My work has been dedicated to magnifying the voices, ideas and experiences of marginalized people to support personal and community healing and justice. To this end, I have used a variety of participatory practices including oral history, digital story telling, restorative practices, transformative education and participatory action research.
I have been a practitioner of restorative practices since 1990, using these values to address individual and community change and healing. I started the first oral history project for survivors of intimate violence in 1991 and have used narrative practice in various ways since then.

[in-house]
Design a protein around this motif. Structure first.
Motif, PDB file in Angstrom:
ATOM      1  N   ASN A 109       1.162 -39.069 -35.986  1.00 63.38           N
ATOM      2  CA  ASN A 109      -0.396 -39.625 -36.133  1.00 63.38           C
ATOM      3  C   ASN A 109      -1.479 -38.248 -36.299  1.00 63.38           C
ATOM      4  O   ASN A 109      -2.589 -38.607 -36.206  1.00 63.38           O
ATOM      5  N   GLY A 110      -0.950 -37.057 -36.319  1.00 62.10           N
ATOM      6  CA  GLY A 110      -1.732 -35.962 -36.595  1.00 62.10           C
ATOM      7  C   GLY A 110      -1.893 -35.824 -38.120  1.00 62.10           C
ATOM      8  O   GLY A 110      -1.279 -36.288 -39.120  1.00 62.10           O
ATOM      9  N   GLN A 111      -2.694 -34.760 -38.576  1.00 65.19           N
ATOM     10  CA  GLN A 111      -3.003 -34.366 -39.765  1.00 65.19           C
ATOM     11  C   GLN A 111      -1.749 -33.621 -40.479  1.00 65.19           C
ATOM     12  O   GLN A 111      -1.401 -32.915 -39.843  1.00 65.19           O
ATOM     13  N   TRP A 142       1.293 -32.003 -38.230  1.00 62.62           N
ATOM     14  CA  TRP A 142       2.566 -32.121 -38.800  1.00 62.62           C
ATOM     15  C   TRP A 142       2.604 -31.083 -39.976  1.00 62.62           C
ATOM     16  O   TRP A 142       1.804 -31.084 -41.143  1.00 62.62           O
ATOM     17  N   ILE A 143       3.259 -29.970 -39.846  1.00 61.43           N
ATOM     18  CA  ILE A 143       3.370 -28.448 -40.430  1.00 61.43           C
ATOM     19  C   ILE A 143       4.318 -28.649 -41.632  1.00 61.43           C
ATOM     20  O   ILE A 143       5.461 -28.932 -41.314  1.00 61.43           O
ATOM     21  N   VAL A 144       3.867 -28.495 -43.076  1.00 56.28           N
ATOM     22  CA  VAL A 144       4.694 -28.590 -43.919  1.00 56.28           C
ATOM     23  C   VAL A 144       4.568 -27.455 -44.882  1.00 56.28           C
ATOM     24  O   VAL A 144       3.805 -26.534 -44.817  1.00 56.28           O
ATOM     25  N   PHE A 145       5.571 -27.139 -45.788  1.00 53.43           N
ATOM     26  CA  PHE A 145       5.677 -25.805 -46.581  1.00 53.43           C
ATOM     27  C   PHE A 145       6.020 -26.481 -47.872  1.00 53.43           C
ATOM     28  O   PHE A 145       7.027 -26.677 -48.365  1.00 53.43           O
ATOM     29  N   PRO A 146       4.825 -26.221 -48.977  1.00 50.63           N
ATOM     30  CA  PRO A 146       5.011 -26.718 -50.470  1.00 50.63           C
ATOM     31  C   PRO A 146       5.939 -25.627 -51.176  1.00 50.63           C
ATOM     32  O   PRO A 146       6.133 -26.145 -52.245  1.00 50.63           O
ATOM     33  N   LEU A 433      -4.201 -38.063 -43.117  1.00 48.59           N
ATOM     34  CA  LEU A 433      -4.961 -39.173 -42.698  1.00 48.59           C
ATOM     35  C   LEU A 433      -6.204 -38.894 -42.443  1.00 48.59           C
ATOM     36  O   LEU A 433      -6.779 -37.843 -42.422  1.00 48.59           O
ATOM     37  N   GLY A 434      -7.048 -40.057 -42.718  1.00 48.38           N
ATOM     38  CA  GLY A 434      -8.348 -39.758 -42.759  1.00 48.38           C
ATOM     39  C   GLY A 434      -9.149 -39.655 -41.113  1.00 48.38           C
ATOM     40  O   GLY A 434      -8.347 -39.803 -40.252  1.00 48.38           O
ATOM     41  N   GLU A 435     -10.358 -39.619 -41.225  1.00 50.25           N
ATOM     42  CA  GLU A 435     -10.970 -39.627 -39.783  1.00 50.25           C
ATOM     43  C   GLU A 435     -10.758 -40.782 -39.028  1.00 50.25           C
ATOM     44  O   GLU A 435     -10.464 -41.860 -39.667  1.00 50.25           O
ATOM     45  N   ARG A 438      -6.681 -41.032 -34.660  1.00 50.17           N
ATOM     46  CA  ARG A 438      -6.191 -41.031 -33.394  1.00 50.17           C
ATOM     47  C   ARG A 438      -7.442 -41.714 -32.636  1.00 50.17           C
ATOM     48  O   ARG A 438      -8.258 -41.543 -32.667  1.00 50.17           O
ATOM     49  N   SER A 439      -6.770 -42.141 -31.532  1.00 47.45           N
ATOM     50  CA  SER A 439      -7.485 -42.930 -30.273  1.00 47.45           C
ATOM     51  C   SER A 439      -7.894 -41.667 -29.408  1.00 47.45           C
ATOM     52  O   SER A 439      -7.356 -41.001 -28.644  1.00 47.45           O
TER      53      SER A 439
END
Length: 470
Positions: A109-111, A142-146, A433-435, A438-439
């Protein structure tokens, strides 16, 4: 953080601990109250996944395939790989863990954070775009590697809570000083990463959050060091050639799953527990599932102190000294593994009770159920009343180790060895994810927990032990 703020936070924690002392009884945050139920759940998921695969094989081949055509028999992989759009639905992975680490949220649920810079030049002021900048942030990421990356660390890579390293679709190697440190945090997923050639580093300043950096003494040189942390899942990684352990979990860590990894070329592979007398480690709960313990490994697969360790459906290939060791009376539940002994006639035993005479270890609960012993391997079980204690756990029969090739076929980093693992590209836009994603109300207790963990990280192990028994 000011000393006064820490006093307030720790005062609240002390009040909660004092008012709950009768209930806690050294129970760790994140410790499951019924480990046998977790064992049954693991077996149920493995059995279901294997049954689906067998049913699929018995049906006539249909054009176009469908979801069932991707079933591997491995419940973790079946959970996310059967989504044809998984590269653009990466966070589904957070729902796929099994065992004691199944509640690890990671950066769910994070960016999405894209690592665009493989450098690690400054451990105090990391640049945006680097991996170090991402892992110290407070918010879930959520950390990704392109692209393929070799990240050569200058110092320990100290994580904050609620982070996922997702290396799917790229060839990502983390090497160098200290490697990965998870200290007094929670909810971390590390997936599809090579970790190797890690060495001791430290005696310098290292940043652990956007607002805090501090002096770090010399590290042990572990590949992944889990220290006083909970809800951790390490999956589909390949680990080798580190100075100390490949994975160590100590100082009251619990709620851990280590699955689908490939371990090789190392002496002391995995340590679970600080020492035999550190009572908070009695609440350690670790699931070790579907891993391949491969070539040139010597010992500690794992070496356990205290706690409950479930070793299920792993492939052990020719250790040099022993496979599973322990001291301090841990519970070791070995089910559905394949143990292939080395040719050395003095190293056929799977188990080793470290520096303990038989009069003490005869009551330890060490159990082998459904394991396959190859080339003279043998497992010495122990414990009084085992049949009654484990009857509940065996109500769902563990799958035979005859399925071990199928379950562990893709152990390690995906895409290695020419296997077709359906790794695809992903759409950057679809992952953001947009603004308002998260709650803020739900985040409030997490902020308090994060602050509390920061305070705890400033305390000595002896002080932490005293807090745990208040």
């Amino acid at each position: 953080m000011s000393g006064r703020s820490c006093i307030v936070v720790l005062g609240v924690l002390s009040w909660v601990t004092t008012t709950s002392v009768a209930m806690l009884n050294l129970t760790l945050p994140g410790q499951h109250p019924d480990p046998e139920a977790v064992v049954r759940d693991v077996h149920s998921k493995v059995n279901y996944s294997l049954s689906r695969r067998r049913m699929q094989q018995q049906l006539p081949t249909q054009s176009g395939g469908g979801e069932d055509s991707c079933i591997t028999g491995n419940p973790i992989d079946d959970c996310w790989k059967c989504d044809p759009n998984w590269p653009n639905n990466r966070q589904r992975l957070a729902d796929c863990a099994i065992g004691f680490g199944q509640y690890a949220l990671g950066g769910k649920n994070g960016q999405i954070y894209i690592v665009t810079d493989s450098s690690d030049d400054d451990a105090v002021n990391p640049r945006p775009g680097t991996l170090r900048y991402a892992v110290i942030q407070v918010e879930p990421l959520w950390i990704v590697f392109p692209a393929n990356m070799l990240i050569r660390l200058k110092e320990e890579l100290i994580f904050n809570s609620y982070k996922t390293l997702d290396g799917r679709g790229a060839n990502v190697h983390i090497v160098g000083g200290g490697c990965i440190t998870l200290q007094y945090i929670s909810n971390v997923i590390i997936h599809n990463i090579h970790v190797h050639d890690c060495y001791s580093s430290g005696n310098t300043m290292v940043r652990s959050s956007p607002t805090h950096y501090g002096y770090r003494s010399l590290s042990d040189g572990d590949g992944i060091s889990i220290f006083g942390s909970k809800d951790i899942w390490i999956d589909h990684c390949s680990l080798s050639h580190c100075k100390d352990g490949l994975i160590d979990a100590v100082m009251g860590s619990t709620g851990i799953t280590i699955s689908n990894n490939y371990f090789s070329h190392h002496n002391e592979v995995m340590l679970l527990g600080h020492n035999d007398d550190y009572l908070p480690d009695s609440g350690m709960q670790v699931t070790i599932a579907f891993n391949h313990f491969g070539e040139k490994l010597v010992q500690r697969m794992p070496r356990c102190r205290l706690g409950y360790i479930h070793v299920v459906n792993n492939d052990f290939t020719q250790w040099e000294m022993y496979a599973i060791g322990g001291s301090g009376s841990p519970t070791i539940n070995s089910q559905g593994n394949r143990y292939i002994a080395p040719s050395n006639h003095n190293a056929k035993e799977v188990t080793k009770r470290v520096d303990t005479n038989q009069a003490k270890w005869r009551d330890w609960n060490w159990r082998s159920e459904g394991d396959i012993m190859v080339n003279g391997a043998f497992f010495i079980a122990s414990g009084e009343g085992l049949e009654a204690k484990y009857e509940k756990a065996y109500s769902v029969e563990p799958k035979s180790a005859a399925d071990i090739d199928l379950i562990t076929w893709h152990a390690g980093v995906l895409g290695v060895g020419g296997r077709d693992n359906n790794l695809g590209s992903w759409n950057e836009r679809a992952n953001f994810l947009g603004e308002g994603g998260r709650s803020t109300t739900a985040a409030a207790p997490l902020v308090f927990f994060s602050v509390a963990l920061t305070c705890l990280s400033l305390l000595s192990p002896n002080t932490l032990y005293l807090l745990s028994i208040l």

I am now teaching at Bennington College on Restorative Justice, Oral History and Participatory Action Research. I am the grateful recipient of three fellowships: The Revson Fellowship for the Future of NYC; Rockefeller Fellow and in 2007 was elected an Ashoka Fellow, a global fellowship of social entrepreneurs. I have a BA from Colgate University in Philosophy and Religion and a Masters in Divinity from Union Theological Seminary.